A: I totally agree: praying together is a practical way to unite the family based on God. Yes, we pray together as a family, and it is the greatest joy for us. It helps us to take a break from the worldly life and remember what matters most. Remembering God together helps us to treat each other with mercy and God-consciousness. If we did not pray together, God would be on our minds less.

Q: Could you reflect on some aspects of parenting in traditional societies that you feel were particularly valuable and that are rapidly disappearing today?

A: Discipline was more important in traditional parenting that it is today. Today, many parents try to please their children too much. This creates a harmful view in children that life is all about them. Traditional societies taught children to earn things before they receive them. Today, children receive things without understanding their value. Today there seems to be less family together time due to modern life’s distractions. Also, especially in western societies today, the notion of the father as the leader of the family is disappearing. But the fact is that every organization needs a leader to function effectively, and the family is no different.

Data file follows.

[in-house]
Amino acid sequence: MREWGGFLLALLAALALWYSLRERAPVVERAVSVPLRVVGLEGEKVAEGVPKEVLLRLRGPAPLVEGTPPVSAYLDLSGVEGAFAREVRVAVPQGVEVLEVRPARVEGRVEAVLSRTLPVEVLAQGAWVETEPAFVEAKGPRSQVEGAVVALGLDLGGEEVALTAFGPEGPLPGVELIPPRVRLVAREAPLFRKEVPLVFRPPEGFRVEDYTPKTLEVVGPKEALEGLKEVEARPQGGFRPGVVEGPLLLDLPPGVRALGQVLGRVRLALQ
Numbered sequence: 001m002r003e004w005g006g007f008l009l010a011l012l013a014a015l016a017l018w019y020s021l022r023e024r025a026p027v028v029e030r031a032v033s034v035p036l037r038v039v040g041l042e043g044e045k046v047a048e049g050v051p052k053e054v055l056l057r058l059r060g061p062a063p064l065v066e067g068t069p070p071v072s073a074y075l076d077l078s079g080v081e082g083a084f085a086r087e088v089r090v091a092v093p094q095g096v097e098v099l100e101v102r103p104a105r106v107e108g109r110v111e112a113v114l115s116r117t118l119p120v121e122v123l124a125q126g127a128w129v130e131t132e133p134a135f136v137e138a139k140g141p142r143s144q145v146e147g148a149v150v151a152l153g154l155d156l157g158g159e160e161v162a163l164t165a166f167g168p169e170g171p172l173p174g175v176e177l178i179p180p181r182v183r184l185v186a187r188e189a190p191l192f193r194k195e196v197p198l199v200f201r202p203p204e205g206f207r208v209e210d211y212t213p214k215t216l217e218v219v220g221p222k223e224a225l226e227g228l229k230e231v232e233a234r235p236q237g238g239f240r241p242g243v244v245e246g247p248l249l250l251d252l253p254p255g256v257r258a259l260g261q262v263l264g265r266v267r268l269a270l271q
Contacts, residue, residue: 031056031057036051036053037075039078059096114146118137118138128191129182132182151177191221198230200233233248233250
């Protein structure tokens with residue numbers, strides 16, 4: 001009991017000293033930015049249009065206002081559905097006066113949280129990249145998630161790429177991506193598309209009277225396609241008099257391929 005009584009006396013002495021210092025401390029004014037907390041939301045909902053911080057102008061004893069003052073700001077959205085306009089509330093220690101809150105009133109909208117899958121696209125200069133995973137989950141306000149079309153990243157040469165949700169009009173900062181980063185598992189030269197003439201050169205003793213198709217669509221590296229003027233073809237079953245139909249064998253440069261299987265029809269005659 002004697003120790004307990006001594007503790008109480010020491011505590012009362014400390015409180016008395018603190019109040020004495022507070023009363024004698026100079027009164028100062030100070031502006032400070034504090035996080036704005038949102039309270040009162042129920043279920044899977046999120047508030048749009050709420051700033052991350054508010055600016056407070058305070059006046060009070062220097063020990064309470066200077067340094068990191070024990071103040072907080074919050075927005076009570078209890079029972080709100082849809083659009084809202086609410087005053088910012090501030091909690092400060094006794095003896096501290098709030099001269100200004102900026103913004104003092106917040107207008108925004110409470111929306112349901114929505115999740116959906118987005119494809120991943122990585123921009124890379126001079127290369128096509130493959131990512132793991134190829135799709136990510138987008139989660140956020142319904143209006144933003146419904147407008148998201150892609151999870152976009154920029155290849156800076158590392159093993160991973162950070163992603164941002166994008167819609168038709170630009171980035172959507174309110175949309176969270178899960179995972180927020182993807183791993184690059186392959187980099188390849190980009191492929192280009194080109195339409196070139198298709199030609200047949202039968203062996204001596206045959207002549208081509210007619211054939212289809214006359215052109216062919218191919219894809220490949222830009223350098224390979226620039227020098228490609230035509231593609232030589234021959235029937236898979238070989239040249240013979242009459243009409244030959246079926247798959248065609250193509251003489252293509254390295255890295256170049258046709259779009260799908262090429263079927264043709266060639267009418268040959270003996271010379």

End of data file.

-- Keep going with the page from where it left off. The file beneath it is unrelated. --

Q: Many parents today place the responsibility of their children’s development on others, especially the school. They assume that most, if not all, that the children need to learn will be provided for by the school (and then, after school hours, by tutors or by ‘experts’ in various extra-curricular activities). And so, they spare little time for and with their children, passing on what is their responsibility to schools and other service-providers, whom they pay. But of course these service-providers cannot give children the emotional nourishment that parents can.

Q: Could you please reflect on this? How have you managed with this issue?

A: Yes, I totally agree with you. I home-school my children. I know my children better than anyone. A teacher or service-provider can never give the same emotional nourishment as parents can. Service providers are trying to fulfill the requirements of a job, but a parent’s priority is his/her child. Service providers can’t give individual attention. It’s not realistic to expect service providers to take the place of parents in raising children.

Q: Some parents think they own their children, that their children are their property, because their children have ‘come out’ from them and because they provide for them. And so, they feel they can deal with them just as they please. From the spiritual point of view, how do you see this concept of ‘ownership’?

A: It is God who is the true Owner of everything. In the Islamic tradition, which speaks of God’s 99 names, one of the names of God is Al-Maalik, meaning “The Owner.” God is the Owner of everything.

That means that parents do not own their children. Children are a gift and a trust from God. We will be held accountable for how we treat them.

URL; http://www.newageislam.com/interview/roshan-shah,-new-age-islam/parenting-the-spiritual-way/d/117326